Taking my job more seriously

Durga puja

I generally take my work very seriously. However, the following from SICP was still my favorite quote

"I think that it’s extraordinarily important that we in computer science keep fun in computing. When it started out, it was an awful lot of fun. Of course, the paying customers got shafted every now and then, and after a while we began to take their complaints seriously. We began to feel as if we really were responsible for the successful, error-free perfect use of these machines. I don’t think we are. I think we’re responsible for stretching them, setting them off in new directions, and keeping fun in the house. I hope the field of computer science never loses its sense of fun. Above all, I hope we don’t become missionaries. Don’t feel as if you’re Bible salesmen. The world has too many of those already. What you know about computing other people will learn. Don’t feel as if the key to successful computing is only in your hands. What’s in your hands, I think and hope, is intelligence: the ability to see the machine as more than when you were first led up to it, that you can make it more.

However, couple of days back I was lying in a cold room with a doctor probing my Thyroid gland with ultrasound beams. She went on explaining the details of the tumor that I had, pointing to the screen. In my mind I was thinking about folks who have to code for these things and how careful they need to be.

The first thing I did when I came out of the room is search for whether .NET Compact Framework gets used for these kinds of equipment. Of the hundreds of pages I hit the one titled "Control System for Lung Ventilation Equipment with Windows CE , Microsoft .Net Compact Framework and Visual Studio Team System" struck me. Mostly because it had two products I personally coded for (NETCF and VSTS). There were even more life saving equipment listed on the search page.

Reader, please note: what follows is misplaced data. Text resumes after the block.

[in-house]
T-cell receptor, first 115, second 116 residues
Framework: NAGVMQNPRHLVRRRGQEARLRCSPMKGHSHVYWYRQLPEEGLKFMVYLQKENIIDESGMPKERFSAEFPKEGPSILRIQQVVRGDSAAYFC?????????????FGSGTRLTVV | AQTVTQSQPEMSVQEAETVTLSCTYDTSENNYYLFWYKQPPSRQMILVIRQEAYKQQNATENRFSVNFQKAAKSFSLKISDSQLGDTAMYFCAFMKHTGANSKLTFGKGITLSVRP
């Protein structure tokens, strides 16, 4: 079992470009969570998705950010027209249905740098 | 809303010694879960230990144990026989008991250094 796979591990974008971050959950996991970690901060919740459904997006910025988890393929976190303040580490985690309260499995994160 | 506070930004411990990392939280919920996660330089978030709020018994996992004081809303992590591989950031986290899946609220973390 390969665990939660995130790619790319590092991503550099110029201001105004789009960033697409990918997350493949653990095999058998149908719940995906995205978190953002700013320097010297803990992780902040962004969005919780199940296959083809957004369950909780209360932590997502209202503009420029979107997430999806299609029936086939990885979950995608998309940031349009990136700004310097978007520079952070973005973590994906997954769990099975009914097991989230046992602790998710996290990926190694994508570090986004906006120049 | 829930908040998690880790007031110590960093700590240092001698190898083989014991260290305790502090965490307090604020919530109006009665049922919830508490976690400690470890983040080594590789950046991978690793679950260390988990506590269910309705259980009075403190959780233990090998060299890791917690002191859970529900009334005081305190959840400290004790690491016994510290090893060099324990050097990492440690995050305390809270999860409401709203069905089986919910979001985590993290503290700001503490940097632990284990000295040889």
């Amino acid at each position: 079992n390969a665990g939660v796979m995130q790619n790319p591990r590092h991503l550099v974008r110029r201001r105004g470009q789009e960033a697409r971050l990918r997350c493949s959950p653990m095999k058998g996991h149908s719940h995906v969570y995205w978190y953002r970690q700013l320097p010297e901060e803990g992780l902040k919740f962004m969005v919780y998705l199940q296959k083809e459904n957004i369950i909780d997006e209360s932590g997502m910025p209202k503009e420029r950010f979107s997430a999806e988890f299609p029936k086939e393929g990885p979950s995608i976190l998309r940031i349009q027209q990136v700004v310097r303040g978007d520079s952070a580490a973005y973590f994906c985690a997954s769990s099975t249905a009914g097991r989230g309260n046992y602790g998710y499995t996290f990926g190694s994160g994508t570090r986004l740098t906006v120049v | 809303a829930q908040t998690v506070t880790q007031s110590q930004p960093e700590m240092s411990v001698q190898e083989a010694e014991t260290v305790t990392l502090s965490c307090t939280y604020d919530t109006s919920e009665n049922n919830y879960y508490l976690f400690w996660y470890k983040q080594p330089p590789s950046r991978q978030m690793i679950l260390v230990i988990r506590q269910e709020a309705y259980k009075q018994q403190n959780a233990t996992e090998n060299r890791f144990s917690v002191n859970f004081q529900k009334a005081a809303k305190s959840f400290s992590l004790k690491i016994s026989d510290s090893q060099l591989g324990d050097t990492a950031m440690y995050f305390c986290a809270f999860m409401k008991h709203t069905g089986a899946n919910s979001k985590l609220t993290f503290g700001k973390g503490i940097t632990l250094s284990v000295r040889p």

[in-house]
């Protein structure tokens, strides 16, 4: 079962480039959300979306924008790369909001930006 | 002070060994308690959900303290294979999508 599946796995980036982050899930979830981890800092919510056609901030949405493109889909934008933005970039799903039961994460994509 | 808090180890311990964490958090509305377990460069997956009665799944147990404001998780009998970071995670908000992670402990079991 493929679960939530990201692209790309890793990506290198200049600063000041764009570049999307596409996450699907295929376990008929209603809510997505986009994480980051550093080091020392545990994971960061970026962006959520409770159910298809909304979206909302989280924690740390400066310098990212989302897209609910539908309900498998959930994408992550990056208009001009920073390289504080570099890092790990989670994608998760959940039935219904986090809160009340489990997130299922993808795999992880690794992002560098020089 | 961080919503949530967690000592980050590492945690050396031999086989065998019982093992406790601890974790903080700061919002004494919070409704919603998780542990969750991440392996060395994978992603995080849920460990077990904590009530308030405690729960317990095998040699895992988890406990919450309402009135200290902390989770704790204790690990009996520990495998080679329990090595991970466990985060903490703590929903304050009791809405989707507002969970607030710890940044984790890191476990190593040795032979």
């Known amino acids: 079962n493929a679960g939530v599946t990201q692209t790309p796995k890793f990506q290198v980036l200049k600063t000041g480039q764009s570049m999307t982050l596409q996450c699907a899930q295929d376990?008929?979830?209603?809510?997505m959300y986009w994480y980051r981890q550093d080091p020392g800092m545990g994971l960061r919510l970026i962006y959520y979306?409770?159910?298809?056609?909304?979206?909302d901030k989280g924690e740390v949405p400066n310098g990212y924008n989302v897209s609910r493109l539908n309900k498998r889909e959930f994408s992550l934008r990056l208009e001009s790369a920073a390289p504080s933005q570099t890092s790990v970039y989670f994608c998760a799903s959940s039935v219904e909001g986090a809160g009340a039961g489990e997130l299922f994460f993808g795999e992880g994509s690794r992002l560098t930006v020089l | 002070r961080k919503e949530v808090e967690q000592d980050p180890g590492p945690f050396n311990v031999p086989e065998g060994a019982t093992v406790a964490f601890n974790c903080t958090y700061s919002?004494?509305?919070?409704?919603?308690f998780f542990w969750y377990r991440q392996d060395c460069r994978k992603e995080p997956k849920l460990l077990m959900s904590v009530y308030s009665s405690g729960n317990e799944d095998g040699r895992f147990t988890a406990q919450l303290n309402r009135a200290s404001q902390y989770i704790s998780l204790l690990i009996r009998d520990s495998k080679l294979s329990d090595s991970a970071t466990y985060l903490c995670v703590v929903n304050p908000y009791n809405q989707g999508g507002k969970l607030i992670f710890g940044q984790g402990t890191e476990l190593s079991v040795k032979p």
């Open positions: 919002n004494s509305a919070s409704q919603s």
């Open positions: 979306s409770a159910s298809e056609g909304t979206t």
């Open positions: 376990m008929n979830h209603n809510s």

It was a very humbling experience. I made a little vow, I’ll be more careful when I code from tomorrow.

Comments (3)

  1. Norman Diamond says:

    What an impressive way to learn to take your job seriously.  Thank you for posting this story.

    Now, although you probably (probably) didn’t work on lots of other components of Windows CE, here’s something you might want to look into.  Suppose an input device is connected to that lung ventilation equipment and the input simulates a combination of Ctrl+Alt+Del or Ctrl+Shift+Esc.  Someone could suffocate.  Please teach your colleagues to take their jobs seriously.

    Keep the sense of fun, tell jokes, play games, but keep these separate from the product.

  2. hch says:

    Norman:  that makes no sense.  There’s no ctrl-alt-del notion in windows ce.  On top of that, when you build your own ce device you compile the OS yourself including any and all source code.  Even if the same scenario happened on XP/Vista it would merely log the computer and have no effect on the running software.

  3. Norman Diamond says:

    "There’s no ctrl-alt-del notion in windows ce."

    You mean there’s no defined functionality for Ctrl+Alt+Del in Windows CE.  Unintended functionality has included hanging the system.  If Windows CE is used in lung ventilation equipment it sure does need some examination to make sure it’s not going to hang itself and suffocate the patient.

    When I first saw it (not on medical equipment fortunately), the tester had not intended to simulate input of Ctrl+Alt+Del.  The tester only reported that our program made the machine hang.  It took a while to figure out that the tester’s operations had turned into a Ctrl+Alt+Del and that had hanged the system.